Blake returned to London in 1804, and started work on his most ambitious work “Jerusalem”. His idea was to portray the characters from Chaucer’s “Canterbury Tales”. Blake approached a dealer called Robert Cromek. Cromek new that Blake was far too eccentric to produce a popular work, so commissioned the piece with Blake’s friend Thomas Slothard. When Blake heard what had happened, he broke off the contract with Slothard and set up an independent exhibition in his brother’s haberdashery shop in Soho. The exhibition was poorly received and met hostile criticism.
It was around the same time that Blake aired his views about the Royal Academy, calling it a fraud and stating, “To generalise is to be an idiot”.
In 1826 Blake received a commission to illustrate “Dantes Divine Comedy”, the aim was to produce a series of engravings, but this was cut short by Blake’s Death in 1827. Only 7 plates had been sent over for proofing. Despite only being a handful of completed works for this project, they earned praise, as they were seen to add a commentary to the text or a higher spiritual meaning.
Blake died on the 12th August 1827. He had been working relentlessly on the Dante project. Laid in bed, he tuned to his wife Catherine, and said that he wanted to draw her as she had been an angel in his life. Once the drawing was completed (it has since been lost), he downed tools and began to sing hymns. He promised his wife that he would be with her always, and then died at 6pm.
His wife paid for his funeral from money lent to her by John Linnell, who was a close friend. He was buried in a shared plot five days after his death, the day before his forty fifth wedding anniversary.
Catherine continued to sell Blake’s work, and believed that she was regularly visited by his spirit and she would not undertake any business transactions without consulting with Mr Blake.
Catherine died in 1831, and she was calm on the day of her death, calling out to Blake as though he was in the next room that she was coming to join him.
After Catherine’s death, Blake’s work was left in the hands of Fredrick Tatham. Tatham again continued to sell his work, but later joined the fundamentalist Irvingite Church. Under the influence of the church, he burned any works by Blake that was deemed heretical. It is not exactly known how many manuscripts were burned, but before his death, Blake had told a friend that he had written twenty tragedies all as long as “Macbeth”.
William Michael Rossetti also burned works by Blake that he felt were lacking in quality; John Linnell removed any works that had any sexual imagery. While a great deal of his work was destroyed, other friends managed to preserve some things which were not created for publication, such as his personal notebooks and “An Island on the Moon”.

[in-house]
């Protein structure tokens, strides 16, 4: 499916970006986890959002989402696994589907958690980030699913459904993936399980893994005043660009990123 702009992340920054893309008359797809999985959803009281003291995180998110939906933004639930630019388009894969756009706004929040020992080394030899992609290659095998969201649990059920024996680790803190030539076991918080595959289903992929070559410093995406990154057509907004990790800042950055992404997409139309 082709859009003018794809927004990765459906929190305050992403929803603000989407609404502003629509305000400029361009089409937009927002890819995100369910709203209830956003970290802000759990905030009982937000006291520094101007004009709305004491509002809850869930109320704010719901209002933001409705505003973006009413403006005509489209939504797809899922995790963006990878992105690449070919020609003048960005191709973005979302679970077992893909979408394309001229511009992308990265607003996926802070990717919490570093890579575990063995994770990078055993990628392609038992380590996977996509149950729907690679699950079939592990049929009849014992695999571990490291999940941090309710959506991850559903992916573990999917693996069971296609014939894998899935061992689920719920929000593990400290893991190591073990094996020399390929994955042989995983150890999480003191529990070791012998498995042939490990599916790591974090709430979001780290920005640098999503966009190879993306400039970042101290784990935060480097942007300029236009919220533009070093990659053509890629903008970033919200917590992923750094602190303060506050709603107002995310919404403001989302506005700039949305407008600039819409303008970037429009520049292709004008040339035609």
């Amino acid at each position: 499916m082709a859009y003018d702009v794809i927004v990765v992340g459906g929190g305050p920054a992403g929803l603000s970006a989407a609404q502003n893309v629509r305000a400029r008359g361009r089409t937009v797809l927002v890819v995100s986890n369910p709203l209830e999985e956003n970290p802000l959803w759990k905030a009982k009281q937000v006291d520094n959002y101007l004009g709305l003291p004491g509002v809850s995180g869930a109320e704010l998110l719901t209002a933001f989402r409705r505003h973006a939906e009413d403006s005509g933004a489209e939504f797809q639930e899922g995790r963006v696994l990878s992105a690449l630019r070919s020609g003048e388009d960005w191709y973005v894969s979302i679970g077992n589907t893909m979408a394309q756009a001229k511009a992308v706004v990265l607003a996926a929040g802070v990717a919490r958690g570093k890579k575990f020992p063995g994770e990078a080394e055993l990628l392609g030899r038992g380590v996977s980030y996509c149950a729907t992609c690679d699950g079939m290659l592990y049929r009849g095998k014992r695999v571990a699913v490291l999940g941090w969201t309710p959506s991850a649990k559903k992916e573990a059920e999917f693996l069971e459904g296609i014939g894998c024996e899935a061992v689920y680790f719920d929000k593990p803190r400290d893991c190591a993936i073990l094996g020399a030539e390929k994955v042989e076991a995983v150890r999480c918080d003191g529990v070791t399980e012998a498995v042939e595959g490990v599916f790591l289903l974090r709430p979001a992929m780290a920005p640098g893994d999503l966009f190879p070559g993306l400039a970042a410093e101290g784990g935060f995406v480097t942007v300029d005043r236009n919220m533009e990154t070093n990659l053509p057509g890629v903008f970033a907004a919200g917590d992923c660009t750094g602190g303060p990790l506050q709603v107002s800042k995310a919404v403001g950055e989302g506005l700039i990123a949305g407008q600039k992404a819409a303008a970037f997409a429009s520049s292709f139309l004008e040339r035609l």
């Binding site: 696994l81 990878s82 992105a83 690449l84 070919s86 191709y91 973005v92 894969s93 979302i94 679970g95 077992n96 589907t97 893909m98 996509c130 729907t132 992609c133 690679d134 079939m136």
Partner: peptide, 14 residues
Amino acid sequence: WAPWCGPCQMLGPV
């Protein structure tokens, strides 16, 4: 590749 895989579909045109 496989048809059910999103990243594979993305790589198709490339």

Blake’s work demonstrated a rebellion against authority and organised religion as well as demonstrating an attitude towards class power. A key early work that demonstrated this was “The Marriage between Heaven and Hell” where the devil is represented as a hero who is rebelling against a false authority. “Jerusalem” and “Milton” concentrate more around redemption through self-sacrifice and forgiveness rather than the structured and rigid authoritarianism of organised religion.
Blake was truly ahead of his time, turning his attentions to free love and expressions of self-research into what he truly believed in. While this meant that his contemporaries saw him as completely mad, Blake was nothing but true to himself.
One of his surviving works was “The Ghost of a Flea” created in 1819-1820. This was after a discussion with painter/astrologer John Varley about odd dreams that he was having. Varley encouraged Blake to paint one of them, and the result was this picture.
The result was a human embodiment of a flea performing on a stage. It is seen as part vampire, part reptile and part flea. It is drinking from an acorn cup full of blood. The anecdote and the painting became very well-known but was goes a miss is the links to folk lore and fairy iconography of the time. His dreams full of fantastic creations which many misunderstood.
Blake’s work was all but forgotten after he died, until Alexander Gilchrist started work on his biography in 1860. The book transformed Blake’s reputation and made him extremely popular, especially to the Pre-Raphaelites. While his popularity increased, it was not truly understood until the twentieth century, where changes in thoughts around religion and sexual equality were starting to be embraced.
It is easy to say that someone is mad when you don’t truly listen to their views and beliefs. Blake was just born to an era who could never comprehend his free-thinking ways.